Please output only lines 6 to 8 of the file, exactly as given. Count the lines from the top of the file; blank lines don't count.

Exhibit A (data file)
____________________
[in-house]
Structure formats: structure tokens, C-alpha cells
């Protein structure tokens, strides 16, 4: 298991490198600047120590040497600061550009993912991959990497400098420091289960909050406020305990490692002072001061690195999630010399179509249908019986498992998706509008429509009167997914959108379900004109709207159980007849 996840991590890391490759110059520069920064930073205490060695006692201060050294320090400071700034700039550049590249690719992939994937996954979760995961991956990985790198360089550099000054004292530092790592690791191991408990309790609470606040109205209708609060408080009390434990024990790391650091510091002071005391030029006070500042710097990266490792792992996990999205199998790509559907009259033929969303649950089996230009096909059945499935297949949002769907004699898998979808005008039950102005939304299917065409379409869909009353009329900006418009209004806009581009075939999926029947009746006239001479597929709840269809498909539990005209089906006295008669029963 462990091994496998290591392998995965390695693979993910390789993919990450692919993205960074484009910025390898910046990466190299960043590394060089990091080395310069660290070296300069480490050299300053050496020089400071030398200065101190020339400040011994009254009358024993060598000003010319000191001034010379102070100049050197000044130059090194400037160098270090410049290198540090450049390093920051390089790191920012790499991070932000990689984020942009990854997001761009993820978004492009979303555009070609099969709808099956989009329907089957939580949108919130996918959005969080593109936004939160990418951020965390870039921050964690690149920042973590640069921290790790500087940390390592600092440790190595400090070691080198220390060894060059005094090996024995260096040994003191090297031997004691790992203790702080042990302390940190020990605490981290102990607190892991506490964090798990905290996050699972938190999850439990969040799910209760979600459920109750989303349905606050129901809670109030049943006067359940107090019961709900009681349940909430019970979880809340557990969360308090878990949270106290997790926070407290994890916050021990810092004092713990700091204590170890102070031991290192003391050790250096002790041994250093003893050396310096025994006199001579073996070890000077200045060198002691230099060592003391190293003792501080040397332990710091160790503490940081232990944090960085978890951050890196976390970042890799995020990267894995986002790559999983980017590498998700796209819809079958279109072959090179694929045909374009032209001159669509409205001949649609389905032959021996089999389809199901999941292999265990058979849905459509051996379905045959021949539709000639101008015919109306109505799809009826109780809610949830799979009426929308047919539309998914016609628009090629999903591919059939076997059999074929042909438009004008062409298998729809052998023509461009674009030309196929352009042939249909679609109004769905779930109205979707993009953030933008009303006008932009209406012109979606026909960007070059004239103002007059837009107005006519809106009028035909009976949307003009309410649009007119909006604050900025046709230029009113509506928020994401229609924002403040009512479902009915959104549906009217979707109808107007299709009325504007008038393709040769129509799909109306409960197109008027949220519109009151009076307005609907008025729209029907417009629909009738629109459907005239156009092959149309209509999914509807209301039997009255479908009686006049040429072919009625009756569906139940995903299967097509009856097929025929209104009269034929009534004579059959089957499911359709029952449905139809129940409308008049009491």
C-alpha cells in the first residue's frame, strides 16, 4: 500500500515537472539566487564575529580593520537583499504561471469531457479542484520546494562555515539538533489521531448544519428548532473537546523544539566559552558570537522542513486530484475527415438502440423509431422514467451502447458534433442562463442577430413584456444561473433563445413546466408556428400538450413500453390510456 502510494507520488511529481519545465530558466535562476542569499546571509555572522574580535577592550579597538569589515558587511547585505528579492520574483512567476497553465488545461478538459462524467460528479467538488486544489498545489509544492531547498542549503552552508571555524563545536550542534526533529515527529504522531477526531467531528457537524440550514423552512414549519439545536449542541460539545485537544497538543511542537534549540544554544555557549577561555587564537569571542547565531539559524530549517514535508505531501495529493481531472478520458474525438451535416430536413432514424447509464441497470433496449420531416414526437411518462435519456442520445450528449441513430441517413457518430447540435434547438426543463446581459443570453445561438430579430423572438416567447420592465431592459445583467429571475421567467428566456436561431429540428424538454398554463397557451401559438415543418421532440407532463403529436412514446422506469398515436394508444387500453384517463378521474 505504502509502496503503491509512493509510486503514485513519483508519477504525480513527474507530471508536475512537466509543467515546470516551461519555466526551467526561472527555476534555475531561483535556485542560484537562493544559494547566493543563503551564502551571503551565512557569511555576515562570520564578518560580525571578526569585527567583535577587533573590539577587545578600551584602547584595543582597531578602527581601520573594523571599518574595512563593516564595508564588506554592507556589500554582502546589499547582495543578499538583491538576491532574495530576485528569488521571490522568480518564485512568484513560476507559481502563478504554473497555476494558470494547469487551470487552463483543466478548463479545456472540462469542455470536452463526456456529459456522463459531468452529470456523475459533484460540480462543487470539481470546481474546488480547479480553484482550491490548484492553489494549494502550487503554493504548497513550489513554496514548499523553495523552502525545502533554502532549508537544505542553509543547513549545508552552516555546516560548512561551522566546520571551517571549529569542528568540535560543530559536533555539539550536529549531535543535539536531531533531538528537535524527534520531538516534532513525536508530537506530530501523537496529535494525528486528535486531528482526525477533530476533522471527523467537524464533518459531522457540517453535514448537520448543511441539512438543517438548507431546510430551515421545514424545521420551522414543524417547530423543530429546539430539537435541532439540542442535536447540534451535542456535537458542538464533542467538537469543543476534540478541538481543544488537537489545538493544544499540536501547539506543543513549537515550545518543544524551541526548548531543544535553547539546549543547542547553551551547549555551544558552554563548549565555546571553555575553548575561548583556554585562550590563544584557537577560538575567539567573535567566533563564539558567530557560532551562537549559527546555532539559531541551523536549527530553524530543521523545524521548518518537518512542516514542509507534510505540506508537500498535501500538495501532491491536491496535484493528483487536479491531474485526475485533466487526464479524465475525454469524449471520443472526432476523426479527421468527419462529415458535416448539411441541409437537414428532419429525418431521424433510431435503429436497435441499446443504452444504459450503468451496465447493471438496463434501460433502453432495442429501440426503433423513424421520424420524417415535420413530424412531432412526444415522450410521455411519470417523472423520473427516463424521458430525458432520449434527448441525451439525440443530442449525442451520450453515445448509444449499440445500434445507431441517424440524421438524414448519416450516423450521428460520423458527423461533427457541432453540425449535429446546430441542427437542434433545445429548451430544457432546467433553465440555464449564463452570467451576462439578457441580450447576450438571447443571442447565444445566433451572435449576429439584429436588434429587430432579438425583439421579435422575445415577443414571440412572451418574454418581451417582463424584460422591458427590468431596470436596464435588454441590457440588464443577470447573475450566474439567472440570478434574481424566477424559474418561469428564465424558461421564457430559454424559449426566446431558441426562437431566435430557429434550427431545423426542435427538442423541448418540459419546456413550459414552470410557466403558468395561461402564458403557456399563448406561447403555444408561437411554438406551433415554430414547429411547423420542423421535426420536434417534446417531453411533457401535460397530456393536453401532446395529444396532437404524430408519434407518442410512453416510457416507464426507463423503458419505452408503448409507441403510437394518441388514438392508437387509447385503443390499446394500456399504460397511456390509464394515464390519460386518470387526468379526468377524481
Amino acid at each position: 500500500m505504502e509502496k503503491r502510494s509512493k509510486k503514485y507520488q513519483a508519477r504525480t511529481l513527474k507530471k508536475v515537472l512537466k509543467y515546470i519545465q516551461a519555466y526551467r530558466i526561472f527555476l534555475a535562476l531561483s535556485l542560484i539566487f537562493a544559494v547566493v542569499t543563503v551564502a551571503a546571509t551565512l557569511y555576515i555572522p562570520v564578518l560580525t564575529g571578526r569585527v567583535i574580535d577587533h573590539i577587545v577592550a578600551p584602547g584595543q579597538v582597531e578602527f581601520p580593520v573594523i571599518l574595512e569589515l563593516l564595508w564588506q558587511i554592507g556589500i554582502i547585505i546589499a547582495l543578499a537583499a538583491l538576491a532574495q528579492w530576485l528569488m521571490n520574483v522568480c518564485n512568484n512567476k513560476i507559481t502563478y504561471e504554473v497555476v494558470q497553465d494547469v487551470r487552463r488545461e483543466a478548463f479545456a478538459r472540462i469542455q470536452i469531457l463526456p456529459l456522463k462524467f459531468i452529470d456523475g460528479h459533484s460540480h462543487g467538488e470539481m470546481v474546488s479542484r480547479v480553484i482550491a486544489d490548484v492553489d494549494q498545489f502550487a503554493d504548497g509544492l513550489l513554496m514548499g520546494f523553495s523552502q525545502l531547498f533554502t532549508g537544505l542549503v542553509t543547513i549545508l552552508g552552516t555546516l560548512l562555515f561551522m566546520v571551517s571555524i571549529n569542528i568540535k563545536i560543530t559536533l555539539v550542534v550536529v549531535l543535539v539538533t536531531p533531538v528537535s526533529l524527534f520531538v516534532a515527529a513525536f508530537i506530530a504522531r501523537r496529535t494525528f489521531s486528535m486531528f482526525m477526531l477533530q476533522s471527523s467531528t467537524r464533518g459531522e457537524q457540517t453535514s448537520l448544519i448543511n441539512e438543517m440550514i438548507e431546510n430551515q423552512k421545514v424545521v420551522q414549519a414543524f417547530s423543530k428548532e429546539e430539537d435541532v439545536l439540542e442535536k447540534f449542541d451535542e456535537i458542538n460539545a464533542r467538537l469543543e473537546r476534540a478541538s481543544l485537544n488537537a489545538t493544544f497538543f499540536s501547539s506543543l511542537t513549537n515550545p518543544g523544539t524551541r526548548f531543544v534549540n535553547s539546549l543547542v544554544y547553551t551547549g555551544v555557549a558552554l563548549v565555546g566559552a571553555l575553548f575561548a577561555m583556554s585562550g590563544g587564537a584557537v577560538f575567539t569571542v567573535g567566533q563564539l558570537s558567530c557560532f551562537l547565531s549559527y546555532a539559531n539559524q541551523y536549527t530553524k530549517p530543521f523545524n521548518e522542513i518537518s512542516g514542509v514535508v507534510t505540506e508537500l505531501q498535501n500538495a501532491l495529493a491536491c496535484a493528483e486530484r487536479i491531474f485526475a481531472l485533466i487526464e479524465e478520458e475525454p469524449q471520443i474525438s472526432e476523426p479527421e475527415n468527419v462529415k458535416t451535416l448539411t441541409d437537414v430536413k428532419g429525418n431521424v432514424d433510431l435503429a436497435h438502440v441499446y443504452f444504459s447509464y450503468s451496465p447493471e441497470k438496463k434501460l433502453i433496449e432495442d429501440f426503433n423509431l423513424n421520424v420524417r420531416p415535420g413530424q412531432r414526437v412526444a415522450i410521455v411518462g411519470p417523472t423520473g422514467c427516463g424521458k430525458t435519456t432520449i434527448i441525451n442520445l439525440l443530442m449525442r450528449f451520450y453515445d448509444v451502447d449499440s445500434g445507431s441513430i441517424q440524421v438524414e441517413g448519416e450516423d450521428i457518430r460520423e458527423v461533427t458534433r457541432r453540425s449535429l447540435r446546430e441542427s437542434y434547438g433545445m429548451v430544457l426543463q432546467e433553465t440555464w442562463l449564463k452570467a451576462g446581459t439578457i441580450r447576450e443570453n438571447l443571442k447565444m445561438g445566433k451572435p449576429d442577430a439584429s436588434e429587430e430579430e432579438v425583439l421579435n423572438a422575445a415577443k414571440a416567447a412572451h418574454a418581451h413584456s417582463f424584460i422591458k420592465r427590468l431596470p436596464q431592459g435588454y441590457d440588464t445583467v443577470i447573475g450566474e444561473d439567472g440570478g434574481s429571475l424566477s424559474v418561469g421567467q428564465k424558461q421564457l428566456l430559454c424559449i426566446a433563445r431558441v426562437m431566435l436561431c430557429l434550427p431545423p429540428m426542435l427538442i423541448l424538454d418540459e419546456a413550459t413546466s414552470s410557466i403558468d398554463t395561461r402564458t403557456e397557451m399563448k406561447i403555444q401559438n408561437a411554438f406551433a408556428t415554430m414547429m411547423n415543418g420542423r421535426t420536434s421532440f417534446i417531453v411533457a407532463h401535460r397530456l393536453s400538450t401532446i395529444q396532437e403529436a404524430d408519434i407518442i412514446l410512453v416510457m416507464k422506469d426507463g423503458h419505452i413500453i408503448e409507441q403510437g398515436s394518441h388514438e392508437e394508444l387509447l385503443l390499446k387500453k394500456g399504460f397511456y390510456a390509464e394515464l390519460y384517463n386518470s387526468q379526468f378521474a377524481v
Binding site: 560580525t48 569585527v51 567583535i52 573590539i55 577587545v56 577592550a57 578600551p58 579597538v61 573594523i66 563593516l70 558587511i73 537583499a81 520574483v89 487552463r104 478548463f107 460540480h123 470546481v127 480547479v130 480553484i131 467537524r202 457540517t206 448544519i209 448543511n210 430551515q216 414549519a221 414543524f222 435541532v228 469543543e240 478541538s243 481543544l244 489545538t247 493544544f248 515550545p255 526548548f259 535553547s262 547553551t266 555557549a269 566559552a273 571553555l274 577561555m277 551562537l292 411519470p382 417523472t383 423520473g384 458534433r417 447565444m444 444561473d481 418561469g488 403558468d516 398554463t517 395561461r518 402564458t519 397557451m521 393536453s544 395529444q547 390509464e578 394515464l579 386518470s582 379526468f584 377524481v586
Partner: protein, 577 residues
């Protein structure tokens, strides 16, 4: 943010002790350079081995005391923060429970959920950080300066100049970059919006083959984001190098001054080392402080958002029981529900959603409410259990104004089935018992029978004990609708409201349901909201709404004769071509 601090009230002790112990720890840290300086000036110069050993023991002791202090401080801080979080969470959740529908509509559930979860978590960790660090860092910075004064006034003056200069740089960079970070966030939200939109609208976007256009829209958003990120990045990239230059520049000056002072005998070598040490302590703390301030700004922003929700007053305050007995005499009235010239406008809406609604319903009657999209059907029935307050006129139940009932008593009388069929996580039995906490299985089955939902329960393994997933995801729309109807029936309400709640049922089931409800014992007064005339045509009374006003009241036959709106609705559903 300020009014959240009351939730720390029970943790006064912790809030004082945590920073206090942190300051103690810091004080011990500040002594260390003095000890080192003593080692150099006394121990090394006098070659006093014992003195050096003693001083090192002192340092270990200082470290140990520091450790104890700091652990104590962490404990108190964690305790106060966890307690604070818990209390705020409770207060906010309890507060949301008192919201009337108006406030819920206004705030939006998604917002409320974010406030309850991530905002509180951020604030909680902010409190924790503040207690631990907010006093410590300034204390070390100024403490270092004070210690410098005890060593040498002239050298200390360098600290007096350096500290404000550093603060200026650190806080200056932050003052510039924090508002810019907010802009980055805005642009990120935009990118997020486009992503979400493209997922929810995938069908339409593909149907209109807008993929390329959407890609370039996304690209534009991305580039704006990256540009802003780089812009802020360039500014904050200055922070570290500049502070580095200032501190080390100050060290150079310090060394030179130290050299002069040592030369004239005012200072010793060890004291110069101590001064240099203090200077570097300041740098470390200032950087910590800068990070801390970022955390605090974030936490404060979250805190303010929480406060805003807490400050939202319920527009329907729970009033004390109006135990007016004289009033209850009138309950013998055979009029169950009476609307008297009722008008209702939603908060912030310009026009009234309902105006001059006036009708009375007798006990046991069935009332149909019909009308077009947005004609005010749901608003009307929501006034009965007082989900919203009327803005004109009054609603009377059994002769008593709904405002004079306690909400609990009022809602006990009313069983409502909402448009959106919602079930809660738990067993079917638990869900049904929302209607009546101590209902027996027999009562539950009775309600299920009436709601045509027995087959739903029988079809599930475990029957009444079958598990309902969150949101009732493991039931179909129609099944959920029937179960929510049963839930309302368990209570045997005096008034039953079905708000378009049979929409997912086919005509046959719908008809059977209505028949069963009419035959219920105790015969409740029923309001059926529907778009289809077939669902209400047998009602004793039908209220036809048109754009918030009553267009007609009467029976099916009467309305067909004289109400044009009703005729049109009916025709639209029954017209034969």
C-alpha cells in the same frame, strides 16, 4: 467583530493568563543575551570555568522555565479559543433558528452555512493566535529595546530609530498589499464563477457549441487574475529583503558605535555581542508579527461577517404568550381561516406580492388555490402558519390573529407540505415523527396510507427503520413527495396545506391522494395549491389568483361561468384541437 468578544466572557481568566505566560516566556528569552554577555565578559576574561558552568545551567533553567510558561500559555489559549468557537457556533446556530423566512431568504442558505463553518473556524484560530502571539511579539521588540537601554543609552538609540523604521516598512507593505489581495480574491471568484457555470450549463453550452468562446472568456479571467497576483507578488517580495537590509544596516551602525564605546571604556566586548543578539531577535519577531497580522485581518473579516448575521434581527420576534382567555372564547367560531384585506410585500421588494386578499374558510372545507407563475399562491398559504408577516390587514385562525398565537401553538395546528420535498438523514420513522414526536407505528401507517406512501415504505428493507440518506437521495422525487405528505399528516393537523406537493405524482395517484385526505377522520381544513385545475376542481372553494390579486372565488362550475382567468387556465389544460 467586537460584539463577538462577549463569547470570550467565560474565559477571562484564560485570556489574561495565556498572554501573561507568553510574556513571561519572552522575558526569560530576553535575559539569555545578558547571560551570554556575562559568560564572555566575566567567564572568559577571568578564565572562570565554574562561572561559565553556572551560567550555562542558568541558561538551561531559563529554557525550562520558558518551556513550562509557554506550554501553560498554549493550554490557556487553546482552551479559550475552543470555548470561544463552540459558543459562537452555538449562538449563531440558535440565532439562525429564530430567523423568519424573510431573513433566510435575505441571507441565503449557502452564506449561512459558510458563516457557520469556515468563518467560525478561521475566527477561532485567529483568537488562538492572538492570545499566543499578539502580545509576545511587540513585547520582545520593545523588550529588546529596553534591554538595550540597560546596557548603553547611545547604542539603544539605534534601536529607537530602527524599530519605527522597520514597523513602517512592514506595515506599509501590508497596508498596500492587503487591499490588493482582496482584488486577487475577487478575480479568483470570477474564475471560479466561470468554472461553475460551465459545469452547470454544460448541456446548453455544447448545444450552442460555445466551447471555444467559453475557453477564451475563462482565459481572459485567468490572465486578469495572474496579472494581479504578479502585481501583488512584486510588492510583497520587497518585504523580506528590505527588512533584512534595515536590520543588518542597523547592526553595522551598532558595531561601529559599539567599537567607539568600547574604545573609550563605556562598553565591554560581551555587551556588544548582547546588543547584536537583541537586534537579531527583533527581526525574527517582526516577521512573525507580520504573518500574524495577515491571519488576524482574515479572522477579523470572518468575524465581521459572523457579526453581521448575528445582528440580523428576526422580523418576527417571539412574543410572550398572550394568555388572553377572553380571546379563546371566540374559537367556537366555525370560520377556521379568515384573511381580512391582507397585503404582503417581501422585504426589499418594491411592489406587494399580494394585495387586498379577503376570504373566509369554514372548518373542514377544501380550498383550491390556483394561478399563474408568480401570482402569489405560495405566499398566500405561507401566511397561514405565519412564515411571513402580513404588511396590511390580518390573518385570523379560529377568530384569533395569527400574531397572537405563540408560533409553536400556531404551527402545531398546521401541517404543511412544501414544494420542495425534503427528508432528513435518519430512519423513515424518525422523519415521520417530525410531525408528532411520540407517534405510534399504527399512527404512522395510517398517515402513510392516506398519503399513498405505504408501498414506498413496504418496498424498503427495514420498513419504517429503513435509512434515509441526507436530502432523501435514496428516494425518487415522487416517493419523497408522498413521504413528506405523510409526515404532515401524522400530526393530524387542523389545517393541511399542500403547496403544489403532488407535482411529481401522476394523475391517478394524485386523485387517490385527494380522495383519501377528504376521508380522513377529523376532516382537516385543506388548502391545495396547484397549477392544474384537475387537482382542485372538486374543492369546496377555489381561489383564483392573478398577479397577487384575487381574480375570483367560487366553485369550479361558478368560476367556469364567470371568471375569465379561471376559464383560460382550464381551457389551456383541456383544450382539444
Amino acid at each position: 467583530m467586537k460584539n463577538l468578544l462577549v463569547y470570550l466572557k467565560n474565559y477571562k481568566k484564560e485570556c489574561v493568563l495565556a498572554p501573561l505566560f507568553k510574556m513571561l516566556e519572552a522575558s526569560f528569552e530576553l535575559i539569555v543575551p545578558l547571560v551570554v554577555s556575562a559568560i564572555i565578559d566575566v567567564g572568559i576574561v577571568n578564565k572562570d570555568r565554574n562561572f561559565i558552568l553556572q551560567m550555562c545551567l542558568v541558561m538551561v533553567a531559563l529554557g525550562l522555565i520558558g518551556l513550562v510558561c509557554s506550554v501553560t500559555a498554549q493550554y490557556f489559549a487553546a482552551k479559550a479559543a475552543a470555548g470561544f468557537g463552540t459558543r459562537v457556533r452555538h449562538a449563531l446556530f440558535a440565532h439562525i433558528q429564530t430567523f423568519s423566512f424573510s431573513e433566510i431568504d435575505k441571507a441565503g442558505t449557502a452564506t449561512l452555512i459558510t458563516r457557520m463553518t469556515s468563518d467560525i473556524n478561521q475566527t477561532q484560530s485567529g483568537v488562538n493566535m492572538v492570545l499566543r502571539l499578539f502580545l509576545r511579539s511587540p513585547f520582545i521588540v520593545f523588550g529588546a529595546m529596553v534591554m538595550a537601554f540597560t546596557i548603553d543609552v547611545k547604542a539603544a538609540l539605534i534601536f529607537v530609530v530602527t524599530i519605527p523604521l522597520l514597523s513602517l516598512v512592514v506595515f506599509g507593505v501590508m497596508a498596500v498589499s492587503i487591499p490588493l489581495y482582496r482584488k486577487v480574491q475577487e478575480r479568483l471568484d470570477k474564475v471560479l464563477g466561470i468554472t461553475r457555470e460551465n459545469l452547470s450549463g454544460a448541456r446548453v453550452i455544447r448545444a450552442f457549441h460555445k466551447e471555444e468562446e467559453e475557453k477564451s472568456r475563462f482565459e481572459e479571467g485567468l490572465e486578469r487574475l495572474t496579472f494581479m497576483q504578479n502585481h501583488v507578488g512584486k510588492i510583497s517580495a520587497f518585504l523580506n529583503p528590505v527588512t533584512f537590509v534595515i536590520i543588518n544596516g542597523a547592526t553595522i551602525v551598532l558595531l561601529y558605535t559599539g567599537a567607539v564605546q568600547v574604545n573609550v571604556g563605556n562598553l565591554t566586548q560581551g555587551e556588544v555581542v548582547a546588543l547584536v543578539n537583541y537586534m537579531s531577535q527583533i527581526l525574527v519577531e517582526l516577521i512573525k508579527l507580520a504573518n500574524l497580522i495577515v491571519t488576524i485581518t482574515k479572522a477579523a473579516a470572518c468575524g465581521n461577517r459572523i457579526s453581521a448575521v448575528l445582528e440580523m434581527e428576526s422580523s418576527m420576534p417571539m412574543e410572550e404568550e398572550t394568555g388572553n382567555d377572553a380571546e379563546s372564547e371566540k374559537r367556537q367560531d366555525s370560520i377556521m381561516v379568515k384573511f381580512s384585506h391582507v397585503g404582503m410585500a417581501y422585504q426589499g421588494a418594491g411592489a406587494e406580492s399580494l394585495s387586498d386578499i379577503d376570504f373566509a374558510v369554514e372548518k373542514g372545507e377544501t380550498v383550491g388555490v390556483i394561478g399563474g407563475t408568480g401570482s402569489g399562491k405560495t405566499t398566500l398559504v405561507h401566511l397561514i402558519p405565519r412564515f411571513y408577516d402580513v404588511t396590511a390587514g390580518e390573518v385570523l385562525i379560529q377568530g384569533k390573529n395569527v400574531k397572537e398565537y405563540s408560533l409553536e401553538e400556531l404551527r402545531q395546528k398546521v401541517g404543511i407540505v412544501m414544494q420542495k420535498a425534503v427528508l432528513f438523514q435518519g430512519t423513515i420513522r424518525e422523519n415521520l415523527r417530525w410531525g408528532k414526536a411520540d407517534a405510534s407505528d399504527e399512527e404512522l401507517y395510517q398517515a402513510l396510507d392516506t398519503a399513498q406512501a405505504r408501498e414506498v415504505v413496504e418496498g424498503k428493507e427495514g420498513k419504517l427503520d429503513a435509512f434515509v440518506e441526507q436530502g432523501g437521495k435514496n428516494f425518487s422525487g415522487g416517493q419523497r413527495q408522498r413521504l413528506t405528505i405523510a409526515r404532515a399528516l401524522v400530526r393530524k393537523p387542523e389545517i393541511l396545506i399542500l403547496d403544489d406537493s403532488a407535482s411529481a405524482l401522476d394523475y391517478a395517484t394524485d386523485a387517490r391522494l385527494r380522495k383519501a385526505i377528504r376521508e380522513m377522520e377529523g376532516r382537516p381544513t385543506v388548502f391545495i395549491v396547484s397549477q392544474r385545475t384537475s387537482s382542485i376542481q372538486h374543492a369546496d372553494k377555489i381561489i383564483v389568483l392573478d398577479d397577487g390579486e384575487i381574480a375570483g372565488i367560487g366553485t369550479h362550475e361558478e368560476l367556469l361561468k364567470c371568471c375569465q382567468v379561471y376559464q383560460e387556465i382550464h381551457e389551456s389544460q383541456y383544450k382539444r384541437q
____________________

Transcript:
Binding site: 560580525t48 569585527v51 567583535i52 573590539i55 577587545v56 577592550a57 578600551p58 579597538v61 573594523i66 563593516l70 558587511i73 537583499a81 520574483v89 487552463r104 478548463f107 460540480h123 470546481v127 480547479v130 480553484i131 467537524r202 457540517t206 448544519i209 448543511n210 430551515q216 414549519a221 414543524f222 435541532v228 469543543e240 478541538s243 481543544l244 489545538t247 493544544f248 515550545p255 526548548f259 535553547s262 547553551t266 555557549a269 566559552a273 571553555l274 577561555m277 551562537l292 411519470p382 417523472t383 423520473g384 458534433r417 447565444m444 444561473d481 418561469g488 403558468d516 398554463t517 395561461r518 402564458t519 397557451m521 393536453s544 395529444q547 390509464e578 394515464l579 386518470s582 379526468f584 377524481v586
Partner: protein, 577 residues
């Protein structure tokens, strides 16, 4: 943010002790350079081995005391923060429970959920950080300066100049970059919006083959984001190098001054080392402080958002029981529900959603409410259990104004089935018992029978004990609708409201349901909201709404004769071509 601090009230002790112990720890840290300086000036110069050993023991002791202090401080801080979080969470959740529908509509559930979860978590960790660090860092910075004064006034003056200069740089960079970070966030939200939109609208976007256009829209958003990120990045990239230059520049000056002072005998070598040490302590703390301030700004922003929700007053305050007995005499009235010239406008809406609604319903009657999209059907029935307050006129139940009932008593009388069929996580039995906490299985089955939902329960393994997933995801729309109807029936309400709640049922089931409800014992007064005339045509009374006003009241036959709106609705559903 300020009014959240009351939730720390029970943790006064912790809030004082945590920073206090942190300051103690810091004080011990500040002594260390003095000890080192003593080692150099006394121990090394006098070659006093014992003195050096003693001083090192002192340092270990200082470290140990520091450790104890700091652990104590962490404990108190964690305790106060966890307690604070818990209390705020409770207060906010309890507060949301008192919201009337108006406030819920206004705030939006998604917002409320974010406030309850991530905002509180951020604030909680902010409190924790503040207690631990907010006093410590300034204390070390100024403490270092004070210690410098005890060593040498002239050298200390360098600290007096350096500290404000550093603060200026650190806080200056932050003052510039924090508002810019907010802009980055805005642009990120935009990118997020486009992503979400493209997922929810995938069908339409593909149907209109807008993929390329959407890609370039996304690209534009991305580039704006990256540009802003780089812009802020360039500014904050200055922070570290500049502070580095200032501190080390100050060290150079310090060394030179130290050299002069040592030369004239005012200072010793060890004291110069101590001064240099203090200077570097300041740098470390200032950087910590800068990070801390970022955390605090974030936490404060979250805190303010929480406060805003807490400050939202319920527009329907729970009033004390109006135990007016004289009033209850009138309950013998055979009029169950009476609307008297009722008008209702939603908060912030310009026009009234309902105006001059006036009708009375007798006990046991069935009332149909019909009308077009947005004609005010749901608003009307929501006034009965007082989900919203009327803005004109009054609603009377059994002769008593709904405002004079306690909400609990009022809602006990009313069983409502909402448009959106919602079930809660738990067993079917638990869900049904929302209607009546101590209902027996027999009562539950009775309600299920009436709601045509027995087959739903029988079809599930475990029957009444079958598990309902969150949101009732493991039931179909129609099944959920029937179960929510049963839930309302368990209570045997005096008034039953079905708000378009049979929409997912086919005509046959719908008809059977209505028949069963009419035959219920105790015969409740029923309001059926529907778009289809077939669902209400047998009602004793039908209220036809048109754009918030009553267009007609009467029976099916009467309305067909004289109400044009009703005729049109009916025709639209029954017209034969």